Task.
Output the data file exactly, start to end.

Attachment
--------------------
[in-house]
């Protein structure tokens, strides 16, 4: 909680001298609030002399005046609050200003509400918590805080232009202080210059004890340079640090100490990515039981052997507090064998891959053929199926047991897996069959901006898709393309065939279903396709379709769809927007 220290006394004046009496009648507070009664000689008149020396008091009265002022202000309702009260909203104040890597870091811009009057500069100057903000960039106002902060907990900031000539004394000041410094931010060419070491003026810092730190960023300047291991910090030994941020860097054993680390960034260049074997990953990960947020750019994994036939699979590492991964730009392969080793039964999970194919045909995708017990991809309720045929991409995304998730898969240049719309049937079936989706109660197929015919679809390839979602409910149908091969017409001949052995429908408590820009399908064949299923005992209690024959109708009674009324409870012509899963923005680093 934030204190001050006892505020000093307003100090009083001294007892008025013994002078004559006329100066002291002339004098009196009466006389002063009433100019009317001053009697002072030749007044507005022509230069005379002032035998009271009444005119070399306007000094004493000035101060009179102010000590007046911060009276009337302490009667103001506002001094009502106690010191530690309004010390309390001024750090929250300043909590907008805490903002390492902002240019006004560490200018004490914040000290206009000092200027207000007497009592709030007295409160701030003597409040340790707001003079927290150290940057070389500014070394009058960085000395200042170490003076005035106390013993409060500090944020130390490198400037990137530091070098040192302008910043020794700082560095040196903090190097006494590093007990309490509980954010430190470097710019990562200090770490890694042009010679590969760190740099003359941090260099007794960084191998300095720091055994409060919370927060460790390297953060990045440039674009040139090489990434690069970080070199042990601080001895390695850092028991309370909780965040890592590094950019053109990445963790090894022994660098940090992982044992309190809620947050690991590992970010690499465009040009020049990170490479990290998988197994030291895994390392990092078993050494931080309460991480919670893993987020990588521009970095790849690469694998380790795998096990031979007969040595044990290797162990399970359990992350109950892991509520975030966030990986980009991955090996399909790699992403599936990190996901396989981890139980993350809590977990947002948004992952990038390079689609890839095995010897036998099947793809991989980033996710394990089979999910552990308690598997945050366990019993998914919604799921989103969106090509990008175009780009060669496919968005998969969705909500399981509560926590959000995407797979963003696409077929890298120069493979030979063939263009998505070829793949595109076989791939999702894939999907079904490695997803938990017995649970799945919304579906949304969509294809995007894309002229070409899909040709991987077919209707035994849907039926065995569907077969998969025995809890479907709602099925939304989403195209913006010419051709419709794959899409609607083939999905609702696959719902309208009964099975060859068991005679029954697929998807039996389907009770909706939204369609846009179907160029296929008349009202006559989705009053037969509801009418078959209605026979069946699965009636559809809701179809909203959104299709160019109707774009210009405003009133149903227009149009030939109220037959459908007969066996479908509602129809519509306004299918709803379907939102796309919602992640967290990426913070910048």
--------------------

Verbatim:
[in-house]
């Protein structure tokens, strides 16, 4: 909680001298609030002399005046609050200003509400918590805080232009202080210059004890340079640090100490990515039981052997507090064998891959053929199926047991897996069959901006898709393309065939279903396709379709769809927007 220290006394004046009496009648507070009664000689008149020396008091009265002022202000309702009260909203104040890597870091811009009057500069100057903000960039106002902060907990900031000539004394000041410094931010060419070491003026810092730190960023300047291991910090030994941020860097054993680390960034260049074997990953990960947020750019994994036939699979590492991964730009392969080793039964999970194919045909995708017990991809309720045929991409995304998730898969240049719309049937079936989706109660197929015919679809390839979602409910149908091969017409001949052995429908408590820009399908064949299923005992209690024959109708009674009324409870012509899963923005680093 934030204190001050006892505020000093307003100090009083001294007892008025013994002078004559006329100066002291002339004098009196009466006389002063009433100019009317001053009697002072030749007044507005022509230069005379002032035998009271009444005119070399306007000094004493000035101060009179102010000590007046911060009276009337302490009667103001506002001094009502106690010191530690309004010390309390001024750090929250300043909590907008805490903002390492902002240019006004560490200018004490914040000290206009000092200027207000007497009592709030007295409160701030003597409040340790707001003079927290150290940057070389500014070394009058960085000395200042170490003076005035106390013993409060500090944020130390490198400037990137530091070098040192302008910043020794700082560095040196903090190097006494590093007990309490509980954010430190470097710019990562200090770490890694042009010679590969760190740099003359941090260099007794960084191998300095720091055994409060919370927060460790390297953060990045440039674009040139090489990434690069970080070199042990601080001895390695850092028991309370909780965040890592590094950019053109990445963790090894022994660098940090992982044992309190809620947050690991590992970010690499465009040009020049990170490479990290998988197994030291895994390392990092078993050494931080309460991480919670893993987020990588521009970095790849690469694998380790795998096990031979007969040595044990290797162990399970359990992350109950892991509520975030966030990986980009991955090996399909790699992403599936990190996901396989981890139980993350809590977990947002948004992952990038390079689609890839095995010897036998099947793809991989980033996710394990089979999910552990308690598997945050366990019993998914919604799921989103969106090509990008175009780009060669496919968005998969969705909500399981509560926590959000995407797979963003696409077929890298120069493979030979063939263009998505070829793949595109076989791939999702894939999907079904490695997803938990017995649970799945919304579906949304969509294809995007894309002229070409899909040709991987077919209707035994849907039926065995569907077969998969025995809890479907709602099925939304989403195209913006010419051709419709794959899409609607083939999905609702696959719902309208009964099975060859068991005679029954697929998807039996389907009770909706939204369609846009179907160029296929008349009202006559989705009053037969509801009418078959209605026979069946699965009636559809809701179809909203959104299709160019109707774009210009405003009133149903227009149009030939109220037959459908007969066996479908509602129809519509306004299918709803379907939102796309919602992640967290990426913070910048």